When you get involved in a matrimonial legal dispute, the first thing to do is to identify your objective. This is something that most of us fail to do and as a result we prolong our mental torture. When my ex-wife filed for divorce, I tried to oppose it because that's what any advocate's natural tendency was: To oppose what the other party wants. Then it dawned upon me and I asked myself: Do I really want to spend the rest of my life with this woman who is... And contrary to natural tendency to oppose, I looked at her petition as a blessing in disguise and got a divorce decree. Details are not relevant but the point I am making is that DO NOT SEEK RELIEF THAT IS CONTRARY TO WHAT YOUR HUSBAND IS DEMANDING MERELY BECAUSE YOU NEED TO OPPOSE WHAT HE WANTS.
So, you must first and foremost decide whether you want a divorce or whether you want to spend the rest of your life with him. That is not enough. You must also know for sure if he wants to be with you or not and if there are any changes you can make, compromises for example, that will make the relationship last. Then you must be sure that you can actually make those compromises, whatever they are, for a long period and not just in the interim to make the divorce ghost go away. After evaluating such hard facts, you must come to a FIRM conclusion about your objectives. After that, the rest is easy.
LEGAL APPROACH, if you agree to the above quasi-philosophical thoughts, then if he files for a divorce, it means that he does not want to be with you. Really, there is NEVER a point in staying with someone who does not want you. Then should you just admit to his allegations and bend over? No. What you should then do is to file a counter-petition or counter-claim and seek divorce from him based upon your allegations, whatever they be, cruelty or desertion, for example. If he does not file a divorce petition and also refuses to be with you and your child or take care of you, file a divorce petition yourself and seek all the relief you need there, along with a 125 Cr.P.C. application for maintenance and demand for return of sridhan, certificates, etc.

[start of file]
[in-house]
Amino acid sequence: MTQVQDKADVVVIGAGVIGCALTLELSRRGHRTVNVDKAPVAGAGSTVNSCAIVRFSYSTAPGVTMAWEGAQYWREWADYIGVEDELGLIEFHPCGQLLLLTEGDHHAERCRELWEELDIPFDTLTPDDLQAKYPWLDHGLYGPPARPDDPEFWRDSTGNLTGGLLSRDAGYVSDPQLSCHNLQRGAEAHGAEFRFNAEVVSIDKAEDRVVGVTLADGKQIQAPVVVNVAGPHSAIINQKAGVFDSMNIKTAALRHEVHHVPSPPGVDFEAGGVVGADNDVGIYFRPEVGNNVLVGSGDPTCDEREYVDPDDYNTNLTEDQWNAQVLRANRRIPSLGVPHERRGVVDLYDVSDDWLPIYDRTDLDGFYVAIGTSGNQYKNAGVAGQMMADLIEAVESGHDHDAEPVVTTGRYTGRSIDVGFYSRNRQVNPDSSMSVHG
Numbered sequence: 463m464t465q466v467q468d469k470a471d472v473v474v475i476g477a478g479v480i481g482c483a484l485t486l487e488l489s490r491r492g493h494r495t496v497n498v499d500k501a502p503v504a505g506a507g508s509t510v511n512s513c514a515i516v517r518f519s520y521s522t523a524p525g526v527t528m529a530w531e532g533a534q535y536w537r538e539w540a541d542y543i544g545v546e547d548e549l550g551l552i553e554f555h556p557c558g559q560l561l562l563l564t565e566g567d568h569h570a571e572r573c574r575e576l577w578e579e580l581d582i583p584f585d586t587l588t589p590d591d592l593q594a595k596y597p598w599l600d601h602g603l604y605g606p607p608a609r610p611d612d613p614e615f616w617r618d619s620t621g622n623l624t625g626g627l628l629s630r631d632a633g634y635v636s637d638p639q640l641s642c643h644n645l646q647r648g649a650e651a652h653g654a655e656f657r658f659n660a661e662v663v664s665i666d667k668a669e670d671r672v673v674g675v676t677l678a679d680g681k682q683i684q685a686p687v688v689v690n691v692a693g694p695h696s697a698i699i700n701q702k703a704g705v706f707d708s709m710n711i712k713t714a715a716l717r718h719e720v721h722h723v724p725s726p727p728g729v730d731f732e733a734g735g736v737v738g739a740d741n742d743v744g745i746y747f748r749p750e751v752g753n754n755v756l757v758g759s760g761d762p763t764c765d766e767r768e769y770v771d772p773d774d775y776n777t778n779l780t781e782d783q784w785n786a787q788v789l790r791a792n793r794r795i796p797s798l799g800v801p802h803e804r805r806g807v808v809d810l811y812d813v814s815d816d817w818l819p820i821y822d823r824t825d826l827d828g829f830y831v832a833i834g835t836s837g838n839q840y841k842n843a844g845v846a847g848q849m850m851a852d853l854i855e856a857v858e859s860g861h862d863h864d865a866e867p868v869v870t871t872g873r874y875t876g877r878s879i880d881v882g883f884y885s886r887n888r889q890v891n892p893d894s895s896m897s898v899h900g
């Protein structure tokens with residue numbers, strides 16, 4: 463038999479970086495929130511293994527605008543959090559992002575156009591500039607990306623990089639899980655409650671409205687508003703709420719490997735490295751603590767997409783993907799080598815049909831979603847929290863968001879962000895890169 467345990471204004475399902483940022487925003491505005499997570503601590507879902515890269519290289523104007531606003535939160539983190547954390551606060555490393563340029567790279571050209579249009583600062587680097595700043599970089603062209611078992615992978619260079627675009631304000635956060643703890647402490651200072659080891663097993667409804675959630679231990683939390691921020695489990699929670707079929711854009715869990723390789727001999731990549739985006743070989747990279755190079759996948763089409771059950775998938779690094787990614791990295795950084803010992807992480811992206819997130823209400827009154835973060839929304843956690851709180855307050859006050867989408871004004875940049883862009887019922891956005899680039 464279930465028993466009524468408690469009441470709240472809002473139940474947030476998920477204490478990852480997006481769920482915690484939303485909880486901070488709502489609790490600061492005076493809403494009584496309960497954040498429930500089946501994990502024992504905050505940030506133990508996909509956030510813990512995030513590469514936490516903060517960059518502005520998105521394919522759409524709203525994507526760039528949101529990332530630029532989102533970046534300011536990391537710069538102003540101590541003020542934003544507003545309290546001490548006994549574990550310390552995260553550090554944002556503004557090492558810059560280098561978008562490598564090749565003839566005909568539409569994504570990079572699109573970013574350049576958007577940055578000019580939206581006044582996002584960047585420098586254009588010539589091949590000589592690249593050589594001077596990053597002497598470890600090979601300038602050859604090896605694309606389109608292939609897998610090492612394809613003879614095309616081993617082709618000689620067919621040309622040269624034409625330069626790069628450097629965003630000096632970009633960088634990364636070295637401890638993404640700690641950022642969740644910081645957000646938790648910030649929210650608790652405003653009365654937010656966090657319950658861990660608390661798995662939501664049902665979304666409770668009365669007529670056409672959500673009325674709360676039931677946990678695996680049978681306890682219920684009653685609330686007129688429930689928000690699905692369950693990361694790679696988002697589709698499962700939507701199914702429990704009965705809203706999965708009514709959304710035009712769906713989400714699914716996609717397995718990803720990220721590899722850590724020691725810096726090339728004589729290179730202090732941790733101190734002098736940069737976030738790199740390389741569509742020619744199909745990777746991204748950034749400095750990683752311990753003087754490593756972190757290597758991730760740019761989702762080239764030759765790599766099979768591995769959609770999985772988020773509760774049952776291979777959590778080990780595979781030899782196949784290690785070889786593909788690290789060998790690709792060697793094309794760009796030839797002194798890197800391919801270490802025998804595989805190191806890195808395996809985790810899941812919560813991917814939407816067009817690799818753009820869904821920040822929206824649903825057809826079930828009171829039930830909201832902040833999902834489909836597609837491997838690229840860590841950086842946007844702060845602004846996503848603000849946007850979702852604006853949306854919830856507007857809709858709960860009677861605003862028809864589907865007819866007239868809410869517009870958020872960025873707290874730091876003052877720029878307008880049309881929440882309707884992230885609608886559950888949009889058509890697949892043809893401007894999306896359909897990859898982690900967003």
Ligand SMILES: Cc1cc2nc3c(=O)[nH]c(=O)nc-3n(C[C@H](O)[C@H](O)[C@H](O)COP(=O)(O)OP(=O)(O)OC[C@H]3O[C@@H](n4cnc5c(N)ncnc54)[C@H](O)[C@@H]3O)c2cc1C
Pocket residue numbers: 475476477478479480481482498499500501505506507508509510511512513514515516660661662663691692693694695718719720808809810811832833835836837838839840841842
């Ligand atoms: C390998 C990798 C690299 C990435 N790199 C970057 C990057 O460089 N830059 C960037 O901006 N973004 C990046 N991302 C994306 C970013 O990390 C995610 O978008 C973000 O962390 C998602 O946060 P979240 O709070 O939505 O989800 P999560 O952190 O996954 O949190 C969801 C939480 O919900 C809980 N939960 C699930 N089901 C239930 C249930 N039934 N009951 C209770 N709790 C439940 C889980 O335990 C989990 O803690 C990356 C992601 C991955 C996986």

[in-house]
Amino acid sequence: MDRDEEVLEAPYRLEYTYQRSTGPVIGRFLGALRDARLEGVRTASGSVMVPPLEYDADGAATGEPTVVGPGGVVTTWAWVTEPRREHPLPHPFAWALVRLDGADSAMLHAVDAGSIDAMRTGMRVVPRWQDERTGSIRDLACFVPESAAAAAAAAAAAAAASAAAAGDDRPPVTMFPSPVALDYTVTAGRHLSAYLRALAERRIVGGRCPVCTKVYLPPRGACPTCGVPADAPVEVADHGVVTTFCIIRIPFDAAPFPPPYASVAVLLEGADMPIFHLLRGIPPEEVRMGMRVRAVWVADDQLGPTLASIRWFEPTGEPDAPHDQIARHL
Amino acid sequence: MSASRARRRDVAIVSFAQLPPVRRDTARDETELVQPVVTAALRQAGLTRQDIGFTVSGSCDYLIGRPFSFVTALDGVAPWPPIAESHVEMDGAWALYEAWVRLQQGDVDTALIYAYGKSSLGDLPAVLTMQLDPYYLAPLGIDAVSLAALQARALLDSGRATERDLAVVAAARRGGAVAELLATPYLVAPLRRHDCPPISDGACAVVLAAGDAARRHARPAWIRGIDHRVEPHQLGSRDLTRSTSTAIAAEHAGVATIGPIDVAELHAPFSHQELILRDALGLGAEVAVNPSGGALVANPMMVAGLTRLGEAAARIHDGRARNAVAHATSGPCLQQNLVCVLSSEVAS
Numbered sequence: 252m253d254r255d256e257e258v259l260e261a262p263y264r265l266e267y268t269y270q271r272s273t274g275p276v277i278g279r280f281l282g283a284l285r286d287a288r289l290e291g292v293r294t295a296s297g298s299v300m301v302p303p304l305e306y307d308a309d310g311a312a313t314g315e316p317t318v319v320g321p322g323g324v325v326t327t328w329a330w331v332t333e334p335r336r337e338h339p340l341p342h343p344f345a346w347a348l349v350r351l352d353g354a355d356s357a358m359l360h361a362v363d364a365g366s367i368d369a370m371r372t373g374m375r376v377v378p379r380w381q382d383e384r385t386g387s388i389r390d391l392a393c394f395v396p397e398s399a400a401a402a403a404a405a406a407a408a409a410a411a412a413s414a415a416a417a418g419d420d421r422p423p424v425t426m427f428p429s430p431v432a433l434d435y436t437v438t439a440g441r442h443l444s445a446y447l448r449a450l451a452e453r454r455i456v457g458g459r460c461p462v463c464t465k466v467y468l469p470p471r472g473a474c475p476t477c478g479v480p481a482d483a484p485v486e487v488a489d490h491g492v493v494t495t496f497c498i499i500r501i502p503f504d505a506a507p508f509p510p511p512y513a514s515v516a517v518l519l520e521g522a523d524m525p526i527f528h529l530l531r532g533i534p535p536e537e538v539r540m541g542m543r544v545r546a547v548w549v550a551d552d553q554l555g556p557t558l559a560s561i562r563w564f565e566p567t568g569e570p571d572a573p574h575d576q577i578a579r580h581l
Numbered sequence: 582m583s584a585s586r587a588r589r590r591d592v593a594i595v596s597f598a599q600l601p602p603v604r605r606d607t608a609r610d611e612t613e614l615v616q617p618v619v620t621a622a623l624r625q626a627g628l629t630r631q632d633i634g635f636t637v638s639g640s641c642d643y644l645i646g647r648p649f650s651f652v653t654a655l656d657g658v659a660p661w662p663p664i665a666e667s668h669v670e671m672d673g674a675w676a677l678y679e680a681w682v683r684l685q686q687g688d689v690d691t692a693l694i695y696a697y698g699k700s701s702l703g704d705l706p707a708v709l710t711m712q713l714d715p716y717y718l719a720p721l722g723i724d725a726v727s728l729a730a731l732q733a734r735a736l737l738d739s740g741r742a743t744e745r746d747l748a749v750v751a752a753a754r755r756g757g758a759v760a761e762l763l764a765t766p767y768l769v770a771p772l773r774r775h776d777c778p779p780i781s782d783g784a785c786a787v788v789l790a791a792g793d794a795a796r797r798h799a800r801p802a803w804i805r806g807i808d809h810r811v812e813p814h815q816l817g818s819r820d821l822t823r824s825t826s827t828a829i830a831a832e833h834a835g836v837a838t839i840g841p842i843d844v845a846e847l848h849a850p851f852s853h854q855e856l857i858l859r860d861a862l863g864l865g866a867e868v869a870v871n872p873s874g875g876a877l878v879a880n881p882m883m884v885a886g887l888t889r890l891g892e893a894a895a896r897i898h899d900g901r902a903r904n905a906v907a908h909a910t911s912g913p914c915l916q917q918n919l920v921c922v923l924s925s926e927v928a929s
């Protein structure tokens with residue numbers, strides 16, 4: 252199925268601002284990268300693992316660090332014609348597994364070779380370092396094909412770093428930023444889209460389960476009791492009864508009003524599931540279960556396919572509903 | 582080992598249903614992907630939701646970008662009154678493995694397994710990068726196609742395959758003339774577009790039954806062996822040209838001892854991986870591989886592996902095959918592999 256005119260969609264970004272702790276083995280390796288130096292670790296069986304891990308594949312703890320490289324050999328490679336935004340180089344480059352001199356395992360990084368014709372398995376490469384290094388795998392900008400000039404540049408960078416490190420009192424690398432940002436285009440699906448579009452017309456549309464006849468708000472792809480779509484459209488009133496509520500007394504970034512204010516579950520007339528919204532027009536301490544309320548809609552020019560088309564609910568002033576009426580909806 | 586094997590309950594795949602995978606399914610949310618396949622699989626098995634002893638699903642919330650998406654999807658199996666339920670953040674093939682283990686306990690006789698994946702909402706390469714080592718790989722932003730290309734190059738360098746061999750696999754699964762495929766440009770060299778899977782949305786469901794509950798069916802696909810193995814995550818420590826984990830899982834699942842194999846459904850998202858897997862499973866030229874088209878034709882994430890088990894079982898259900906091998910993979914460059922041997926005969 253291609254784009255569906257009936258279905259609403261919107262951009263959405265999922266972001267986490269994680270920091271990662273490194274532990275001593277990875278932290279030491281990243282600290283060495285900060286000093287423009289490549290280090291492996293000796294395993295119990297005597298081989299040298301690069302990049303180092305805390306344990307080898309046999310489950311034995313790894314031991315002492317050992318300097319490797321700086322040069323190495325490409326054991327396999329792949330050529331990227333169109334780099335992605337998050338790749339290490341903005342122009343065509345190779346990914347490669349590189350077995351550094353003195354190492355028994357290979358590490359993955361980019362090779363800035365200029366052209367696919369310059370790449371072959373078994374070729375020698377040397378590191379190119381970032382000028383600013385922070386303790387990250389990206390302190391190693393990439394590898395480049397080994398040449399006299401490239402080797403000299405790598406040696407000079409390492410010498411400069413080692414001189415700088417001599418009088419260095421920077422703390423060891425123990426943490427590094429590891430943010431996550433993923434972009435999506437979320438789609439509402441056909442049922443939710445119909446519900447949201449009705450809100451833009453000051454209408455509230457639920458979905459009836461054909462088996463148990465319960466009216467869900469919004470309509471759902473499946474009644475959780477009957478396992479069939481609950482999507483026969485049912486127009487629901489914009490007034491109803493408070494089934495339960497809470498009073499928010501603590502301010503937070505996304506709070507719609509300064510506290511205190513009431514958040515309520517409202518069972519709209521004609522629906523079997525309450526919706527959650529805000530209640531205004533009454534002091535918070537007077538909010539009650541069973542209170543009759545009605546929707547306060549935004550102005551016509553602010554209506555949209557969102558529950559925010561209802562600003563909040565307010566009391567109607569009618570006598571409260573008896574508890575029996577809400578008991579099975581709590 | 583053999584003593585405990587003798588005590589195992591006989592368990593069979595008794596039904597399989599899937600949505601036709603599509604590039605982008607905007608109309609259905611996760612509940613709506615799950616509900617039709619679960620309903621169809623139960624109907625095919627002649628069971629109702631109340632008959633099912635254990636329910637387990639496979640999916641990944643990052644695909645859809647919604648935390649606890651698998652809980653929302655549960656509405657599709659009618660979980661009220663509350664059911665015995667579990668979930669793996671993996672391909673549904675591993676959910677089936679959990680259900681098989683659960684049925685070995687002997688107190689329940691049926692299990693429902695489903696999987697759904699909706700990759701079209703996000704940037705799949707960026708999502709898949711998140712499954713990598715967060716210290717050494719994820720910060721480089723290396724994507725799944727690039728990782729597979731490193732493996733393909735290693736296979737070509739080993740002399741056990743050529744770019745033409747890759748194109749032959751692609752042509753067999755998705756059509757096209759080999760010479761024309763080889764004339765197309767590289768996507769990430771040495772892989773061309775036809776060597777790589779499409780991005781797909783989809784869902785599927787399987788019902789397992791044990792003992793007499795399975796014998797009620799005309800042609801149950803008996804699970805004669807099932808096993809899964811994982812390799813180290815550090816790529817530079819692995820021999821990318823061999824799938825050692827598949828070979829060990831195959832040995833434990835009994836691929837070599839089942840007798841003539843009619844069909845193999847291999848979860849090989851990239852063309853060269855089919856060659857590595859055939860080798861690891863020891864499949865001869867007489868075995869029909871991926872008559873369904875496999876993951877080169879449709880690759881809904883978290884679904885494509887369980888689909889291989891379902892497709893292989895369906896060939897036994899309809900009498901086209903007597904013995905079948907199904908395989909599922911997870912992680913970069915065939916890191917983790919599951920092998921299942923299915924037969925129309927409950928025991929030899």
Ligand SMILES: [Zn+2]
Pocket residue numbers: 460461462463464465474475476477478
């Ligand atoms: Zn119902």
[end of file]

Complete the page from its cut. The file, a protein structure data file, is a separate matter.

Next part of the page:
So, what about the ongoing DV case? After you file a divorce petition, seek a voluntary dismissal of the DV case with an application which expressly states that you are seeking dismissal without prejudice to your right to seek the same relief in the Family Court. This way the dismissal order does not impact your rights in the Family Court. You mention "judicial efficiency" and saving of judicial resources and avoiding multiplicity of proceedings to justify your application. Result: You can focus your energy and advocate costs in one Court. Contrary to popular belief, there is NOTHING that a DV petition gives to a woman that she cannot get in Family Court. The whole idea of DV was to give expedited relief to a woman. In practice, it does not work that way.
With respect to your original question about 10 lakhs, since he is not genuinely interested in giving that amount, your query is moot. Based upon his income, Rs. 2 lakhs or even 4 Lakhs is not sufficient one-time alimony. If you see him as an upwardly mobile person, financially, then do not go for a one time settlement. If you see him as a loser, financially speaking, then a one-time settlement is advisable because you do not know what the future holds.